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Health Plans May Go After Victims Awards

Page history last edited by Steve Escher 12 years, 5 months ago

Concern That Insurers Will go after Victims’ Awards  

 

State lawmakers are trying to make sure that insurance companies can’t go after the money survivors have been awarded from the 35W bridge collapse. In response to rising health care costs, certain types of health plans are laying claim to money members have won in court or in other settlements. This could be due to medical bills, pain and suffering or other possible reasons. "I don’t think any of us are interested in setting up a fund to pay off insurance companies," said Representative Ryan Winkler, DFL-Golden Valley, who has introduced a bill to create a 9/11-style compensation system. The purpose of the fund is to compensate those for their pain and suffering, loss of a loved one and a variety of other reasons. Victims that get only part of what they are entitled to are in a sense being robbed. (2)

 

Jim Ridler, for example was involved in a motorcycle accident in southwestern Minnesota when an oncoming car swerved into his lane. He suffered broken bones in his neck, collarbone, pelvis, ribs and legs. Jim spent 7 seven months in the hospital recovering and had gone through eighteen surgeries. His comfort was knowing that he would be awarded $450,000 from an insurance settlement. Problem is that his health plan took 90 percent of the settlement to recoup what had been paid to cover medical bills. (1)

 

About 40 percent of Minnesotans are covered under these types of plans. These plans are typically self-insured and company sponsored. Depending on how the contracts are written up, these plans can take almost any amount recovered by individuals until the plan is paid back. Minnesotans that have health insurance plans governed by the state law have more protection in which case they can only claim money after the victims has been fully compensated. Depending on the type of insurance the victims of the 35W bridge collapse have may determine the amount of money they will be compensated. (2)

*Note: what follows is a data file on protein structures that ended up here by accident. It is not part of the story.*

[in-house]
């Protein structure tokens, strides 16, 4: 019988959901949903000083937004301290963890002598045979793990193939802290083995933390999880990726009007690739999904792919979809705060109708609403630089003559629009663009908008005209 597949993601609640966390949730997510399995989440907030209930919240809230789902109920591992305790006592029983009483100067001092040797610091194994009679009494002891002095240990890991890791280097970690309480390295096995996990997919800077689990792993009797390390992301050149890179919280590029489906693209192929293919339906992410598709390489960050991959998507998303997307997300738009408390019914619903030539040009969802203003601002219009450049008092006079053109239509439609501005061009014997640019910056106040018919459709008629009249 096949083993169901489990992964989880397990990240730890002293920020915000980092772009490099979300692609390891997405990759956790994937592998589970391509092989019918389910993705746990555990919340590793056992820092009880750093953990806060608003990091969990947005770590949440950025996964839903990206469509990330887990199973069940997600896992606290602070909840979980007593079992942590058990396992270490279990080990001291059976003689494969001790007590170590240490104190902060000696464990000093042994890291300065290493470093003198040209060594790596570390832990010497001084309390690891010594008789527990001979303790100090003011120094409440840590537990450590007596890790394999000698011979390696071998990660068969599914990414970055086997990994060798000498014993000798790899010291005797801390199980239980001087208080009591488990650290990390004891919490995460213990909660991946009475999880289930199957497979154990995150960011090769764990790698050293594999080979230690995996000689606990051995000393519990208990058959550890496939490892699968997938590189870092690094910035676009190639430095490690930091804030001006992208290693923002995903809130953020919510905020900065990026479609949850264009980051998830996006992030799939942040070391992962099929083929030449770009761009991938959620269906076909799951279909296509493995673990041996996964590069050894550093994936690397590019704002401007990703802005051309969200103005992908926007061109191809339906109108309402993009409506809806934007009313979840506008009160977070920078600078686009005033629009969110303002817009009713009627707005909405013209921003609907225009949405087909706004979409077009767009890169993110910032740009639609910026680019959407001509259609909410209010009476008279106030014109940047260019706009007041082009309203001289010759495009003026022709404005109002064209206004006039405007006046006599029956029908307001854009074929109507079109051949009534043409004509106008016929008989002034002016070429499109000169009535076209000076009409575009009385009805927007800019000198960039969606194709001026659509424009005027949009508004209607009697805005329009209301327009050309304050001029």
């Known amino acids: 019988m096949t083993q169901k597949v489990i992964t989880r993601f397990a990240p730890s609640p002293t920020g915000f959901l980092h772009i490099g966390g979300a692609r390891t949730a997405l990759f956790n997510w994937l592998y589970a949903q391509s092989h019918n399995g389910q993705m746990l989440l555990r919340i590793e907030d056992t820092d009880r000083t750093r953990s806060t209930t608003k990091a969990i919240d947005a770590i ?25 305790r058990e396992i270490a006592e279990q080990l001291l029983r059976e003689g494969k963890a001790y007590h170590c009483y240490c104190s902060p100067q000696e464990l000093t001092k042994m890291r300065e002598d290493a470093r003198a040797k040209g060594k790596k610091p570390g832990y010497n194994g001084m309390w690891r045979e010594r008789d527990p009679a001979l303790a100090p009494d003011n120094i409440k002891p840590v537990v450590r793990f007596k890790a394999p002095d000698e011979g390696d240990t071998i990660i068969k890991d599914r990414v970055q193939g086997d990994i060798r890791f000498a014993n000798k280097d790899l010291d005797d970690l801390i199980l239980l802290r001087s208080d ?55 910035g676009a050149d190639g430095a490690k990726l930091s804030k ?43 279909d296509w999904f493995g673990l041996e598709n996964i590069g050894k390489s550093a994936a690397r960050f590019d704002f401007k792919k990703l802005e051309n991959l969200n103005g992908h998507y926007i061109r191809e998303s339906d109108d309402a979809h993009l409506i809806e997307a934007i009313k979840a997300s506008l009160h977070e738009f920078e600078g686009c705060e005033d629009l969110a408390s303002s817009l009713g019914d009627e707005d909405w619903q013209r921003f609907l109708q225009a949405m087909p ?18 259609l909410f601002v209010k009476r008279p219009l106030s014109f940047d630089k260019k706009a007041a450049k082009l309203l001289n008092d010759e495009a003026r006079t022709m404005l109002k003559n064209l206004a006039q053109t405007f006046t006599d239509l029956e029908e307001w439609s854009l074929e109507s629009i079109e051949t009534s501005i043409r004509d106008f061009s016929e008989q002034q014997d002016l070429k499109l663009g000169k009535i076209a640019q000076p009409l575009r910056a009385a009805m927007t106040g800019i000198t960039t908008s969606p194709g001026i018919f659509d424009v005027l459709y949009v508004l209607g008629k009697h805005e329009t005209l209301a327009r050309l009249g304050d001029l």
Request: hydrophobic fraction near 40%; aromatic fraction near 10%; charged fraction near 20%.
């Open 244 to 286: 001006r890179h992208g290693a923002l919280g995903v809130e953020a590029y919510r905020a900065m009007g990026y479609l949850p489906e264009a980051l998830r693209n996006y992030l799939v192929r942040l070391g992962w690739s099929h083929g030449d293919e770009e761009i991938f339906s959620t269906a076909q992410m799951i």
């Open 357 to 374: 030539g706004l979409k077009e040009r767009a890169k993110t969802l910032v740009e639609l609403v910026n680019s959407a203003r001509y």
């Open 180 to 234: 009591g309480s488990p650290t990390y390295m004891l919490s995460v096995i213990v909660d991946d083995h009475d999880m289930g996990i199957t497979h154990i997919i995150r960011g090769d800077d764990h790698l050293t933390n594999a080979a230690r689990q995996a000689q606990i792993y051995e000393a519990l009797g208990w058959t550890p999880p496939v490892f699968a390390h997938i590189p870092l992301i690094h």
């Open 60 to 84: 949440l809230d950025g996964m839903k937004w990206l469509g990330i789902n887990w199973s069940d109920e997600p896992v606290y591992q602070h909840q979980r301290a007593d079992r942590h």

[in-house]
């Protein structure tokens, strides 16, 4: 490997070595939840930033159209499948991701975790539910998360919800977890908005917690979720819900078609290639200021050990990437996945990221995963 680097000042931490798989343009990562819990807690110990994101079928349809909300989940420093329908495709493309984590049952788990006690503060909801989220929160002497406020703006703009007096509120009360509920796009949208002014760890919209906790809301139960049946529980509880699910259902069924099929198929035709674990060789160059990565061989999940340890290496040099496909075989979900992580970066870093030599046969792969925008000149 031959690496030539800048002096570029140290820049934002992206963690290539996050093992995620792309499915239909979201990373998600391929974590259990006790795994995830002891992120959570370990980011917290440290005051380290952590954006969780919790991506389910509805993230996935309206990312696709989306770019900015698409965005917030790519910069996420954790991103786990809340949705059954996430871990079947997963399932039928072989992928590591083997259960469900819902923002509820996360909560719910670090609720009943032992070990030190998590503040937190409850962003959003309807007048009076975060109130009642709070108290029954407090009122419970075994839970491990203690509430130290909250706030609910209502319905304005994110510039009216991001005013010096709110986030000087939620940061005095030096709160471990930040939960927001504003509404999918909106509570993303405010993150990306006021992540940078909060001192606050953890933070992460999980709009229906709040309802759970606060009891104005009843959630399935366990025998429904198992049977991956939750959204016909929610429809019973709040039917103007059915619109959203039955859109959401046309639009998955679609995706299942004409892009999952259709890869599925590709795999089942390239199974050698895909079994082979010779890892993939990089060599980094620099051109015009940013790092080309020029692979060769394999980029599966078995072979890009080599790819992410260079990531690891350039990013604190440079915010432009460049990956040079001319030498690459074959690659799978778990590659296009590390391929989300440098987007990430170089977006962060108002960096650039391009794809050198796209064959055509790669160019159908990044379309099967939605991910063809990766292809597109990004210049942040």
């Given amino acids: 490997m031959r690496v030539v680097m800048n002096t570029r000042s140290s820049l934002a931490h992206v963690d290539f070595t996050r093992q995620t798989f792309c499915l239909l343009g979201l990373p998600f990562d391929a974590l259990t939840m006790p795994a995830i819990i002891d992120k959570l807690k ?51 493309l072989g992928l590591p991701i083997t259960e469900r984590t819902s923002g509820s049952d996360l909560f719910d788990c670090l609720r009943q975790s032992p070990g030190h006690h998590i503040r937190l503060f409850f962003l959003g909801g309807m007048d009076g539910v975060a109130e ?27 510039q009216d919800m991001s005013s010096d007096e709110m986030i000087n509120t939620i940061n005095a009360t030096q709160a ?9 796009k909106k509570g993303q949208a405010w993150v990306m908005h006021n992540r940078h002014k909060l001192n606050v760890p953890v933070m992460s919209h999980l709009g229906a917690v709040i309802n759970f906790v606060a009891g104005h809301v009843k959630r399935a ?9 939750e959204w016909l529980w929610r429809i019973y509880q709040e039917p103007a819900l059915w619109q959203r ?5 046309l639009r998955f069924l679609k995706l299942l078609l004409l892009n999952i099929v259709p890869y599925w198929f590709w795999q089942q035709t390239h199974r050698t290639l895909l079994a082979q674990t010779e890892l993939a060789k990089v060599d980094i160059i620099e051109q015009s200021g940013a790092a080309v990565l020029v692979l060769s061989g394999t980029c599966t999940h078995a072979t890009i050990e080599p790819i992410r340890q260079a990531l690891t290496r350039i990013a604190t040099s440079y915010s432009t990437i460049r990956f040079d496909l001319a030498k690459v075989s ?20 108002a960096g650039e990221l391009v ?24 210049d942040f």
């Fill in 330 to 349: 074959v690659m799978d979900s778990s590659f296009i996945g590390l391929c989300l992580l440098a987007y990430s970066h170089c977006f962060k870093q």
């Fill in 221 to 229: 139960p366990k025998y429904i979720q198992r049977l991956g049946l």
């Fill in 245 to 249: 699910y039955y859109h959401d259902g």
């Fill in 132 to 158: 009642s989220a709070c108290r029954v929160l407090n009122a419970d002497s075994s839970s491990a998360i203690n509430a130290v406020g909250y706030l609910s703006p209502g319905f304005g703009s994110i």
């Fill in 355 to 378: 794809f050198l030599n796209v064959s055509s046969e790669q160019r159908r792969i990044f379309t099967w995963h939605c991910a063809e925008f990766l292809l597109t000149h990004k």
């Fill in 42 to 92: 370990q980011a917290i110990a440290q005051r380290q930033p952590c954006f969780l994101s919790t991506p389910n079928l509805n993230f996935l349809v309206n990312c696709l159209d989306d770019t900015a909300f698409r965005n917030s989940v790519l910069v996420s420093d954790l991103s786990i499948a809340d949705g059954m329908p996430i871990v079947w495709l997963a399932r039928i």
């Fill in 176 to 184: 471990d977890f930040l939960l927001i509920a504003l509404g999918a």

Lawmakers are brainstorming with attorneys about how they can keep the health plans from recovering money that is meant for the victims. They are trying to make up for the survivors’ financial losses and expenses. Local attorneys say that they are working more often to strike deals with health plans before deciding whether to sue. This may be more difficult in the case of the 35W bridge collapse if claims against the state are settled from a fund. (1)

 

According to Senator Ron Latz, "All we can do is try our best to formulate this compensation in such a way that money will be able to stay with the victims." Some ideas include depositing money in a way that it’s not directly in the survivor’s hands, getting waivers from health plans before paying victims or writing the law to bar health plans from recovering money and hoping that it will withstand any potential legal challenges. Jim Schwebel who represents two dozen bridge victims states, "If health plans want to come into federal court and sue suvivors to try to take away some of the compensation which they’ve received, they should be ashamed of themselves." Hopefully with the work of the lawmakers and attorneys, victims compensation will be protected and avoid them having to go to court to try to recover what is rightfully theirs. (1)

 

 

 

 

Resources:

 

1. Louwagie, Pam. Will Insurers Go After 35W Bridge Victims' Awards? January 29, 2008. Star Tribune.

 

2. Associated Press. Lawmakers Try to Shield I-35 Bridge Settlements. January 29,2008. WCCO.com.

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